Moscow rejects ecumenical program to establish a common date for Easter

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Moscow (Agenzia Fides) – The possible introduction of a change of the liturgical calendar to allow all Christians in the world to celebrate Easter on the same day “is not on the agenda of the Orthodox Church, or at least it is not on the agenda of the Russian Orthodox Church”, and in any case the Russian Orthodox have “no intention” of changing the traditional system with which the date for the Easter celebration is fixed in their Church.

This was stated in a recent television interview by Metropolitan Hilarion of Volokolamsk, chairman of the Moscow Patriarchate’s Department for External Church Relations. The declaration of the authoritative representative of the Moscow Patriarchate has nipped in the bud recent attempts to reopen the debate on an issue that continues to represent a painful emblem of historical lacerations and the lack of full sacramental communion between the Catholic Church and many Eastern Churches. In many areas of the world, starting with the Middle East, the spectacle of the “divided Easters”, celebrated on different days by Christians, ends up being a veil to their common confession of the name of Christ. This year, the Easter celebration for the Eastern Churches that follow the so-called Julian Calendar is set for May 2nd.

The last to try to rekindle the hope of seeing sooner or later all Christians celebrate the Lord’s resurrection on the same day was the Orthodox Archbishop Job of Telmessos, a member of the Ecumenical Patriarchate of Constantinople, co-President of the International Joint Commission for Theological Dialogue between the Catholic Church and the Orthodox Church. In an editorial published in February 2021 issue of the Bulletin of the Permanent Delegation of the Ecumenical Patriarchate to the Ecumenical Council of Churches (CEC). Archbishop Job recalled the rule established at the Council of Nicaea (325 AD) according to which Easter should be celebrated on the first Sunday following the first full moon of spring. In 2025, 1700 years will be celebrated since that Council of the undivided Church, and precisely in that year, by providential coincidence in the different methods of calculation, Christians all over the world will celebrate Easter on the same day.

“Perhaps” Job added in his text “the celebration of the 1700th anniversary of the Council of Nicaea in 2025 could be a good opportunity to remind Christians of the need to reform the calendar to define a common Easter date and truly remain faithful to the provisions of the first ecumenical council. The fact that the eastern and western dates of Easter coincide in that year should be taken as an encouragement in that direction”. The perspective suggested by Archbishop Job was welcomed and re-launched by Cardinal Kurt Koch, President of the Pontifical Council for the Promotion of Christian Unity, in some statements published by the online agency cath.ch.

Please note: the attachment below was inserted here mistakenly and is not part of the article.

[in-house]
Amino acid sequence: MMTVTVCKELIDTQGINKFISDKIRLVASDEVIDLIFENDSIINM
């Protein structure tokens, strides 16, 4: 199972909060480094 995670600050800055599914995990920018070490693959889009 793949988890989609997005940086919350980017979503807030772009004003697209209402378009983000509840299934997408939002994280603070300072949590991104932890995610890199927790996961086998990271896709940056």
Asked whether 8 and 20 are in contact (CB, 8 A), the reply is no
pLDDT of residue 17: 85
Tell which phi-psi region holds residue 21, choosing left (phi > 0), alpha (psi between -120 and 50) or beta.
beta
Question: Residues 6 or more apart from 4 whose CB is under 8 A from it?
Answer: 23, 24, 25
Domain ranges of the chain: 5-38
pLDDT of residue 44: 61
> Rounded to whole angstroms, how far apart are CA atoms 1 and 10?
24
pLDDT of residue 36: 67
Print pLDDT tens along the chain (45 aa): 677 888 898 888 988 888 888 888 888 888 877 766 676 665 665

Now, the intervention that puts the brake on all this, by the Russian Orthodox metropolitan Hilarion, took its cue from the declarations of Archbishop Job of Telmessios, revealing the unwillingness of the Russian Orthodox Church to change the method of calculating the date of Easter. Interviewed by a Russian television network, Metropolitan Hilarion recalled that the question of the different dates for celebrating Christian Easter periodically re-emerges in the ecumenical debate of recent decades. “But the question here is very simple: who should change their Paschal calendar? For example, we are not going to change it”. Hilarion pointed out that the question of the date of celebration of Easter is linked to the need to adopt the so-called Gregorian calendar, instead of the so-called Julian calendar still used by the Church of Byzantine and Slavic Orthodoxy to determine the day of celebration of Easter. 

“From time to time”, Hilarion stressed, ” some people say that we should bring our church calendar in line with the secular calendar. Such attempt was even made in the Russian Church in the 1920s, when Patriarch Tikhon issued an order to switch our calendar to the new style, and two weeks later this order had to be canceled, since the church people did not accept it”.
In recent years there have been signs of agreement regarding the purpose of overcoming the “divided Easter” of Christians, especially in the Middle East and Arab countries, especially between the Coptic Orthodox Church and the Catholic Church. Coptic Patriarch Tawadros II expressed the urgency to unify the date of celebration of Easter already in a letter sent in May 2014 to Pope Francis, on the occasion of the first anniversary of his first meeting in the Vatican. In May 2015, during a visit he made to the Netherlands, the Primate of the Church added that the “working” hypothesis from which we must start is to set for all Christians the celebration of the Resurrection of Christ “on the third Sunday in April”.